One day, I had a conversation with my partner and told her I couldn’t do it anymore. I was overwhelmed, tired, and unfulfilled, and I suspected she felt the same.
How did you name your company?
I knew at that point I needed to make a big change. I wasn’t exactly sure what I was going to do, or how I would pay the bills, but I didn’t want to own a big marketing company anymore.
I read an article in which the author described how people offer intentions to the universe, and we pray, but we do all this asking, but we don’t wait for an answer. She went on to say that if you’re very specific about the question you have with the sign you’re looking for, you will likely get an answer. Her example was a red balloon.
I asked the universe, “OK, should I really do this? Close my ‘successful’ marketing company and do something completely different? Follow my passion for supporting the people and organizations I believed in through consulting and mentoring?” If so, I put it out to the universe that I’d like a red balloon. A few days went by, and there was nothing.
One Saturday morning, we were struggling to get our kids out the door to soccer practice, brushing teeth, finding lost shoes. We got there a little late, settled in, and sat down on the grass as the kids played. Then I looked up, and there it was. One teeny, tiny red balloon way up in the sky. I got chills. I got my answer. The rest is history.
You work with a lot of nonprofit/cause-based businesses. Why is this sector important to you?
Throughout my career I’ve always wanted to support social and health causes I believe in, especially revolving around issues that had touched me personally — supporting women and children, and organizations who support patients with, or funding cures for, brain tumors, arthritis, ALS, and more.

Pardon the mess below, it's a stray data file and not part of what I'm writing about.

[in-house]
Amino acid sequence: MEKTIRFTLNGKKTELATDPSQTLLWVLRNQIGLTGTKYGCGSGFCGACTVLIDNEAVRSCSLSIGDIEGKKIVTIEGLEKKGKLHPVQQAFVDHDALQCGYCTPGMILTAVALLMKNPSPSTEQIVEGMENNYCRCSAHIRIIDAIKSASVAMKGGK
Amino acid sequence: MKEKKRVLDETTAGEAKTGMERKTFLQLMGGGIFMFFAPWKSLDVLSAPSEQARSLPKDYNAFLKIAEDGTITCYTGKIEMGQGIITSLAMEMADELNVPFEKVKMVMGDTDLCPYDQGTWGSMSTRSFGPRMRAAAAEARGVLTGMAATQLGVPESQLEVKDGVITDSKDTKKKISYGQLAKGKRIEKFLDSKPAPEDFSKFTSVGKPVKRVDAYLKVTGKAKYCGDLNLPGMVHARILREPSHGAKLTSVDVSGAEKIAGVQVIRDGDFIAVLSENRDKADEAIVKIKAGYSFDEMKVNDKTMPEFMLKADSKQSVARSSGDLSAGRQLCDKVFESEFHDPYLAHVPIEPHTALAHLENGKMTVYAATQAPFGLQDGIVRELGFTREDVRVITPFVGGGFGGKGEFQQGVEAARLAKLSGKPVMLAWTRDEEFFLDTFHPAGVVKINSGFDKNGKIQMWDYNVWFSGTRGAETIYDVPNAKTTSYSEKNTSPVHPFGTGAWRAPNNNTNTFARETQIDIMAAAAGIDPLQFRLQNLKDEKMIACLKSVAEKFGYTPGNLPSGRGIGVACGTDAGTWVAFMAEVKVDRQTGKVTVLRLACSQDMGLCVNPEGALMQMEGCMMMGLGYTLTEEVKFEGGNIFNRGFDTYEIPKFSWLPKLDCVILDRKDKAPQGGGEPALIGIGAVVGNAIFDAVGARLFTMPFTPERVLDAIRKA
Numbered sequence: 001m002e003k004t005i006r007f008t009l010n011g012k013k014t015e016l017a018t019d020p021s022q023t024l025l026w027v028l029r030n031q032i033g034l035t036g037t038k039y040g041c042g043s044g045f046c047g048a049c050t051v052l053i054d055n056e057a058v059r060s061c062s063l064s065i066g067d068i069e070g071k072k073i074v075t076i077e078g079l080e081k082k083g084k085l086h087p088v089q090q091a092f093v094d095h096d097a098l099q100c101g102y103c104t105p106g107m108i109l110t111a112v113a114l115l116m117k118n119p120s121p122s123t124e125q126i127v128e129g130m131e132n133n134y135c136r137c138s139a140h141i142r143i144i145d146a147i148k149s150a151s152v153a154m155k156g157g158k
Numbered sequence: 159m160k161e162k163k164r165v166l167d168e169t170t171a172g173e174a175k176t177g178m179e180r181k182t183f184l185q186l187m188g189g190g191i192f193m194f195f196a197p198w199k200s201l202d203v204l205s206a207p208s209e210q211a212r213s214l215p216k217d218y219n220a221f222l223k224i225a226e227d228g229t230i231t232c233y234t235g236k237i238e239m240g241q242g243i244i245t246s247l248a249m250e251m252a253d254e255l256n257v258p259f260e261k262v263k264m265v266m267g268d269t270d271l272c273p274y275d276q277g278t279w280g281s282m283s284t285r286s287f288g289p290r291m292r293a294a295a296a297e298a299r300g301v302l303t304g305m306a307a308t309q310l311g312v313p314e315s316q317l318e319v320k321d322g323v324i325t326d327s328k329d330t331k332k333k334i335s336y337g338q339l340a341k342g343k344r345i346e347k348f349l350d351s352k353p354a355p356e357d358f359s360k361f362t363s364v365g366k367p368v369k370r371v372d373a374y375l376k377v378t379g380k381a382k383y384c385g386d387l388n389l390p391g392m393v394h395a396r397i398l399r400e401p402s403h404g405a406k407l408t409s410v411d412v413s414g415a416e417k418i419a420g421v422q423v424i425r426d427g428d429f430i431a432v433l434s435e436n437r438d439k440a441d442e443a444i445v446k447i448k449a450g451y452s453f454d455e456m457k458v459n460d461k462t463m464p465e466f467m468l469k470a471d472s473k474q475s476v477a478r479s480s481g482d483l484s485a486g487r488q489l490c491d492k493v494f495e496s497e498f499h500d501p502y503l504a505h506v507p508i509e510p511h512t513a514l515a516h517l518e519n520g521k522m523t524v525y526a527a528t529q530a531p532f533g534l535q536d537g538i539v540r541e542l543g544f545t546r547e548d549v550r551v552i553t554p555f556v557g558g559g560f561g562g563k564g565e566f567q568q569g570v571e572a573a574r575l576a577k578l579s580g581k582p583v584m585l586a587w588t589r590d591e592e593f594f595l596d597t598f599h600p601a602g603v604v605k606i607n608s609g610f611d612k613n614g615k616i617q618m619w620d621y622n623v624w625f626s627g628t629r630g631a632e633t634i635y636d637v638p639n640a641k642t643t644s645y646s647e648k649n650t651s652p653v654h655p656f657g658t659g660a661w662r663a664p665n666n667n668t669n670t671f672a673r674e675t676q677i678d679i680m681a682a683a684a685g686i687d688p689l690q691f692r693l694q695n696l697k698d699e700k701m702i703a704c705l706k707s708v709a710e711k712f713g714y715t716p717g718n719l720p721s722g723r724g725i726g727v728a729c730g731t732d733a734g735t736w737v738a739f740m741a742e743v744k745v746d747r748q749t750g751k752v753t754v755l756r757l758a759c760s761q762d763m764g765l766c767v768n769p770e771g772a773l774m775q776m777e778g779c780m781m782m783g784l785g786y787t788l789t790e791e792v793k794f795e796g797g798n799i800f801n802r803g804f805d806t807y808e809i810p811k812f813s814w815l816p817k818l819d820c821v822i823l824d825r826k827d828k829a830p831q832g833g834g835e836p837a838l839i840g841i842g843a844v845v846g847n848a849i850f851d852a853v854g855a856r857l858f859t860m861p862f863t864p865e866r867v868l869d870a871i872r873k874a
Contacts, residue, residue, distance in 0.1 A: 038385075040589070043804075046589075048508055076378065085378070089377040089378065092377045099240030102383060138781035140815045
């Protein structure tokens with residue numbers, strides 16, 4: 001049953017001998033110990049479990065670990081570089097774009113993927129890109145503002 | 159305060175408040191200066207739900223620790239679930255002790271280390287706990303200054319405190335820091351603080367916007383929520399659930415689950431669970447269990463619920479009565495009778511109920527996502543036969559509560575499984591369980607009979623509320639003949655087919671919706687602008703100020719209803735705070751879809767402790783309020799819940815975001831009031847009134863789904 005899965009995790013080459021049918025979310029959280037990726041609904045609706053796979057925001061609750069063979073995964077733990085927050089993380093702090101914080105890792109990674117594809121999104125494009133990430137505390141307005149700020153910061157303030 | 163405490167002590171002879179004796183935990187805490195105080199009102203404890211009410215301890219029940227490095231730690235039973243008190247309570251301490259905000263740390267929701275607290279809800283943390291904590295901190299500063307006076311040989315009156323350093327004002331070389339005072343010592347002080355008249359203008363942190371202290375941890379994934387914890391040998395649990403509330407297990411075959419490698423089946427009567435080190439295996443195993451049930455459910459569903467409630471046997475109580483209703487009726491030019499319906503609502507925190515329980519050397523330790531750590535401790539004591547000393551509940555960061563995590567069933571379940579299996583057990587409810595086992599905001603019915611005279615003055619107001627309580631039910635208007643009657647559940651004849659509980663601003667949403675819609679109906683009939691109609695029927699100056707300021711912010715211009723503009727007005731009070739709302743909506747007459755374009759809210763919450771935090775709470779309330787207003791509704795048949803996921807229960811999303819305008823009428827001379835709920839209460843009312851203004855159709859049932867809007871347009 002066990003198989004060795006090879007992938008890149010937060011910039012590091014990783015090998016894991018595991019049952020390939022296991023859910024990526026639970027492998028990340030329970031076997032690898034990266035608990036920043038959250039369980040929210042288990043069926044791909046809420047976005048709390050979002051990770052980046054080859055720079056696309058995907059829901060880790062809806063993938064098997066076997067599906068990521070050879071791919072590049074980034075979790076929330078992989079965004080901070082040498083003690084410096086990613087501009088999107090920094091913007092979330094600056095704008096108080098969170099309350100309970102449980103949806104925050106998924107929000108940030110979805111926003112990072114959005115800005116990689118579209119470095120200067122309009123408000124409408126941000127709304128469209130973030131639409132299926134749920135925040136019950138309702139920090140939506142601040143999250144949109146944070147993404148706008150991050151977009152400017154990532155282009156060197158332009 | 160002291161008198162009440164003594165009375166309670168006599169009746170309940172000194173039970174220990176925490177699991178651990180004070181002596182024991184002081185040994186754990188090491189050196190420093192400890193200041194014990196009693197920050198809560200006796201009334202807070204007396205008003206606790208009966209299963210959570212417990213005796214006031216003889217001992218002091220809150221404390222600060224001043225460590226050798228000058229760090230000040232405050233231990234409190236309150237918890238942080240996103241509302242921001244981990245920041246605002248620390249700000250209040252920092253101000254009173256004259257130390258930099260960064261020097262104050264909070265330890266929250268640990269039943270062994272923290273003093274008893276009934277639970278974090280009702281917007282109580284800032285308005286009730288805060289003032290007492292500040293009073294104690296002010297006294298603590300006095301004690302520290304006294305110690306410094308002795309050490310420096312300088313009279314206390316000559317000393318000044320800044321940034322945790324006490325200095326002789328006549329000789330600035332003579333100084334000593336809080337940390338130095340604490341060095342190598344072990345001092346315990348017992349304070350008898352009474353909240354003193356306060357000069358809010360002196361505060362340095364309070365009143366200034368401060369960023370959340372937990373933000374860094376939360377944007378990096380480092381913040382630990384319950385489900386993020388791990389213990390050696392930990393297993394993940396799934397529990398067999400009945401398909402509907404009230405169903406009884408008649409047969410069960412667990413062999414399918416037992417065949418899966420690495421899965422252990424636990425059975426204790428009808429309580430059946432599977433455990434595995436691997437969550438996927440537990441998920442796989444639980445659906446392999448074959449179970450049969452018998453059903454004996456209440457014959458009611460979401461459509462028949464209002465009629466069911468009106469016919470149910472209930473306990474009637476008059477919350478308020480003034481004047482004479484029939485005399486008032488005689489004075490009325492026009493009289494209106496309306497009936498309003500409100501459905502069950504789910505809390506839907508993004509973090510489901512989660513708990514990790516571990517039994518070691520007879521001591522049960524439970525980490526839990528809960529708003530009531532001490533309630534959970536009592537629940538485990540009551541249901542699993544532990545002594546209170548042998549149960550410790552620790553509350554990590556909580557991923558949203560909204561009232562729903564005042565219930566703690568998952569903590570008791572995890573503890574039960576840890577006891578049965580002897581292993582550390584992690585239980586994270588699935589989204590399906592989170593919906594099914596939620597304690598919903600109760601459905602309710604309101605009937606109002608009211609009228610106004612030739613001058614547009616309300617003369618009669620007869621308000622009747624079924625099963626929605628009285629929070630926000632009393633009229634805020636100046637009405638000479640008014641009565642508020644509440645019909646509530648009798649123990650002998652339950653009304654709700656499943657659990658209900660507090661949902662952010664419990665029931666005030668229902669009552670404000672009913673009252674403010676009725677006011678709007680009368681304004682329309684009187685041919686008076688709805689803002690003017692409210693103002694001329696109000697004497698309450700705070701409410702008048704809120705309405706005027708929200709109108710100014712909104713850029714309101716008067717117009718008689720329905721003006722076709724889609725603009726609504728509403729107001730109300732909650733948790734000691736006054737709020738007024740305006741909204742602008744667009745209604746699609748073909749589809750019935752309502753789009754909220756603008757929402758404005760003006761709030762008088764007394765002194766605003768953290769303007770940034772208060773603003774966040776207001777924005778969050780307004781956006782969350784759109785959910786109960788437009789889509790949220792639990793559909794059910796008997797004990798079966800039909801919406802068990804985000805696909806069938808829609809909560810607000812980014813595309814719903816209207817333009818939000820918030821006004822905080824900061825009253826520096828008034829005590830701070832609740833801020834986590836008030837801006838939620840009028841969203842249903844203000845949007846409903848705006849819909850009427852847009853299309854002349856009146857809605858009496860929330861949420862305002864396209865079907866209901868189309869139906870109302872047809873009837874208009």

Unfortunately, many of the organizations are underfunded and can’t afford quality marketing or operational consulting. I figured, if I was going to close down my successful company and be broke for a while, I might as well be broke, and offer a meaningful contribution to my community.
I’ve been offering free services to several organizations for the last year. We help them to find meaningful and relevant ways to connect with their audiences, and effective ways to amplify their messages.
What’s your typical week like?
Crazy, but usually good crazy. My husband owns a real estate firm, and we run both our businesses from the same office suite so we can stay involved in each others’ work. We spend the day meeting with our teams, and meeting with clients.
One night a week, I’m in a personal development program at The Center for Intuitive Development in Phoenix. It helps to keep me grounded and focused. I spend a lot of time supporting others in working through their issues and holding them accountable. They offer me the support system I need to work on my own stuff and they hold me accountable.